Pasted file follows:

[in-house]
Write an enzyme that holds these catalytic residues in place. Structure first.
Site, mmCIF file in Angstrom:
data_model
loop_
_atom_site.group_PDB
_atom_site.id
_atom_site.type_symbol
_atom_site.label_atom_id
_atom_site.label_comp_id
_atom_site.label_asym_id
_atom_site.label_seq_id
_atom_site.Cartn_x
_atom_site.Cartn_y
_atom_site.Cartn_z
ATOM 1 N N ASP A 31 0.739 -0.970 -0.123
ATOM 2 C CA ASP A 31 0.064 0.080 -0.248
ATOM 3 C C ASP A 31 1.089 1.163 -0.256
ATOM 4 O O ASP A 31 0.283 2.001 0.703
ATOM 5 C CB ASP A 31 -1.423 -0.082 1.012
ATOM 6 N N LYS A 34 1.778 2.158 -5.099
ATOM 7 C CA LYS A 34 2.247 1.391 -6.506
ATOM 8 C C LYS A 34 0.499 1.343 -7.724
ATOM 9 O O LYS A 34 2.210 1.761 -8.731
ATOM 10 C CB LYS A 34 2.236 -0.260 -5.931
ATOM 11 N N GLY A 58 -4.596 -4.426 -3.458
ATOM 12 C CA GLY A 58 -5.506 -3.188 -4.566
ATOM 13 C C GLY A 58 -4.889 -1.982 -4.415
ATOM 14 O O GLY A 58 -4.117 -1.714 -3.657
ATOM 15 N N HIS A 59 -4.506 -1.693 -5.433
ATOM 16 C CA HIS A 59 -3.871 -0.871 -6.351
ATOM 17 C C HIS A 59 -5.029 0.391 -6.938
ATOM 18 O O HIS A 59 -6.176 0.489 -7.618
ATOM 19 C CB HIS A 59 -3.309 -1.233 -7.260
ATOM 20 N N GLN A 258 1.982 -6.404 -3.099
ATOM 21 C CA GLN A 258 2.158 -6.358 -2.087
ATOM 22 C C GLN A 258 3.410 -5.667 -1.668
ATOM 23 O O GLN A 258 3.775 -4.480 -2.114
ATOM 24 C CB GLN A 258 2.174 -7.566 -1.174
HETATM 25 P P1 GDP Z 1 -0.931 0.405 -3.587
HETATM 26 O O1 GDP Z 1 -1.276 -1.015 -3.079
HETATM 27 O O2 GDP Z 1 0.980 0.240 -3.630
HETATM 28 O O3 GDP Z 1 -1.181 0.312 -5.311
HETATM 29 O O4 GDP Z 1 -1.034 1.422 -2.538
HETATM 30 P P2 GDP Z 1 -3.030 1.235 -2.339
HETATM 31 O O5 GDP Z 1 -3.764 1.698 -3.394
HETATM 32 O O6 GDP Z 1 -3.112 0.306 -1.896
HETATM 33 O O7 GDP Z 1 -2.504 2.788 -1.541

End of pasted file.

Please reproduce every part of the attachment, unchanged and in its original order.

[in-house]
Write an enzyme that holds these catalytic residues in place. Structure first.
Site, mmCIF file in Angstrom:
data_model
loop_
_atom_site.group_PDB
_atom_site.id
_atom_site.type_symbol
_atom_site.label_atom_id
_atom_site.label_comp_id
_atom_site.label_asym_id
_atom_site.label_seq_id
_atom_site.Cartn_x
_atom_site.Cartn_y
_atom_site.Cartn_z
ATOM 1 N N ASP A 31 0.739 -0.970 -0.123
ATOM 2 C CA ASP A 31 0.064 0.080 -0.248
ATOM 3 C C ASP A 31 1.089 1.163 -0.256
ATOM 4 O O ASP A 31 0.283 2.001 0.703
ATOM 5 C CB ASP A 31 -1.423 -0.082 1.012
ATOM 6 N N LYS A 34 1.778 2.158 -5.099
ATOM 7 C CA LYS A 34 2.247 1.391 -6.506
ATOM 8 C C LYS A 34 0.499 1.343 -7.724
ATOM 9 O O LYS A 34 2.210 1.761 -8.731
ATOM 10 C CB LYS A 34 2.236 -0.260 -5.931
ATOM 11 N N GLY A 58 -4.596 -4.426 -3.458
ATOM 12 C CA GLY A 58 -5.506 -3.188 -4.566
ATOM 13 C C GLY A 58 -4.889 -1.982 -4.415
ATOM 14 O O GLY A 58 -4.117 -1.714 -3.657
ATOM 15 N N HIS A 59 -4.506 -1.693 -5.433
ATOM 16 C CA HIS A 59 -3.871 -0.871 -6.351
ATOM 17 C C HIS A 59 -5.029 0.391 -6.938
ATOM 18 O O HIS A 59 -6.176 0.489 -7.618
ATOM 19 C CB HIS A 59 -3.309 -1.233 -7.260
ATOM 20 N N GLN A 258 1.982 -6.404 -3.099
ATOM 21 C CA GLN A 258 2.158 -6.358 -2.087
ATOM 22 C C GLN A 258 3.410 -5.667 -1.668
ATOM 23 O O GLN A 258 3.775 -4.480 -2.114
ATOM 24 C CB GLN A 258 2.174 -7.566 -1.174
HETATM 25 P P1 GDP Z 1 -0.931 0.405 -3.587
HETATM 26 O O1 GDP Z 1 -1.276 -1.015 -3.079
HETATM 27 O O2 GDP Z 1 0.980 0.240 -3.630
HETATM 28 O O3 GDP Z 1 -1.181 0.312 -5.311
HETATM 29 O O4 GDP Z 1 -1.034 1.422 -2.538
HETATM 30 P P2 GDP Z 1 -3.030 1.235 -2.339
HETATM 31 O O5 GDP Z 1 -3.764 1.698 -3.394
HETATM 32 O O6 GDP Z 1 -3.112 0.306 -1.896
HETATM 33 O O7 GDP Z 1 -2.504 2.788 -1.541